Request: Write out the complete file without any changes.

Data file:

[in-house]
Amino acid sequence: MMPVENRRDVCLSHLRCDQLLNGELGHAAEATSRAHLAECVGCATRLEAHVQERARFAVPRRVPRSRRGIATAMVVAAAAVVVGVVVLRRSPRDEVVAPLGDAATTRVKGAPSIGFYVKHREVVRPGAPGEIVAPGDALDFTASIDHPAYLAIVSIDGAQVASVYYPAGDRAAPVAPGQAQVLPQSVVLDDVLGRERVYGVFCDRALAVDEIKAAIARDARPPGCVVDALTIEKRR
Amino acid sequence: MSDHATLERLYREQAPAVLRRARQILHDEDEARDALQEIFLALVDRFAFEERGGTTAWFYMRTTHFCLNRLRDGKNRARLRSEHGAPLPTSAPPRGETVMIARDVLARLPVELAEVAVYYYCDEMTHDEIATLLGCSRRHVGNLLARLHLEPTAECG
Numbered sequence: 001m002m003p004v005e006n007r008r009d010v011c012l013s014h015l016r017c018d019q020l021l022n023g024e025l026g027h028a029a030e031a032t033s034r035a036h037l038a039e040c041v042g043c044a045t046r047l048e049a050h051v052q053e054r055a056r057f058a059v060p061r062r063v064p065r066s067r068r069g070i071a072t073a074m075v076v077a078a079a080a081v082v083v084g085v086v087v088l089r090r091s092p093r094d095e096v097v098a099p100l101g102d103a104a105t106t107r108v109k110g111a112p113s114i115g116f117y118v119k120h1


[in-house]
Amino acid sequence: MMPVENRRDVCLSHLRCDQLLNGELGHAAEATSRAHLAECVGCATRLEAHVQERARFAVPRRVPRSRRGIATAMVVAAAAVVVGVVVLRRSPRDEVVAPLGDAATTRVKGAPSIGFYVKHREVVRPGAPGEIVAPGDALDFTASIDHPAYLAIVSIDGAQVASVYYPAGDRAAPVAPGQAQVLPQSVVLDDVLGRERVYGVFCDRALAVDEIKAAIARDARPPGCVVDALTIEKRR
Amino acid sequence: MSDHATLERLYREQAPAVLRRARQILHDEDEARDALQEIFLALVDRFAFEERGGTTAWFYMRTTHFCLNRLRDGKNRARLRSEHGAPLPTSAPPRGETVMIARDVLARLPVELAEVAVYYYCDEMTHDEIATLLGCSRRHVGNLLARLHLEPTAECG
Numbered sequence: 001m002m003p004v005e006n007r008r009d010v011c012l013s014h015l016r017c018d019q020l021l022n023g024e025l026g027h028a029a030e031a032t033s034r035a036h037l038a039e040c041v042g043c044a045t046r047l048e049a050h051v052q053e054r055a056r057f058a059v060p061r062r063v064p065r066s067r068r069g070i071a072t073a074m075v076v077a078a079a080a081v082v083v084g085v086v087v088l089r090r091s092p093r094d095e096v097v098a099p100l101g102d103a104a105t106t107r108v109k110g111a112p113s114i115g116f117y118v119k120h1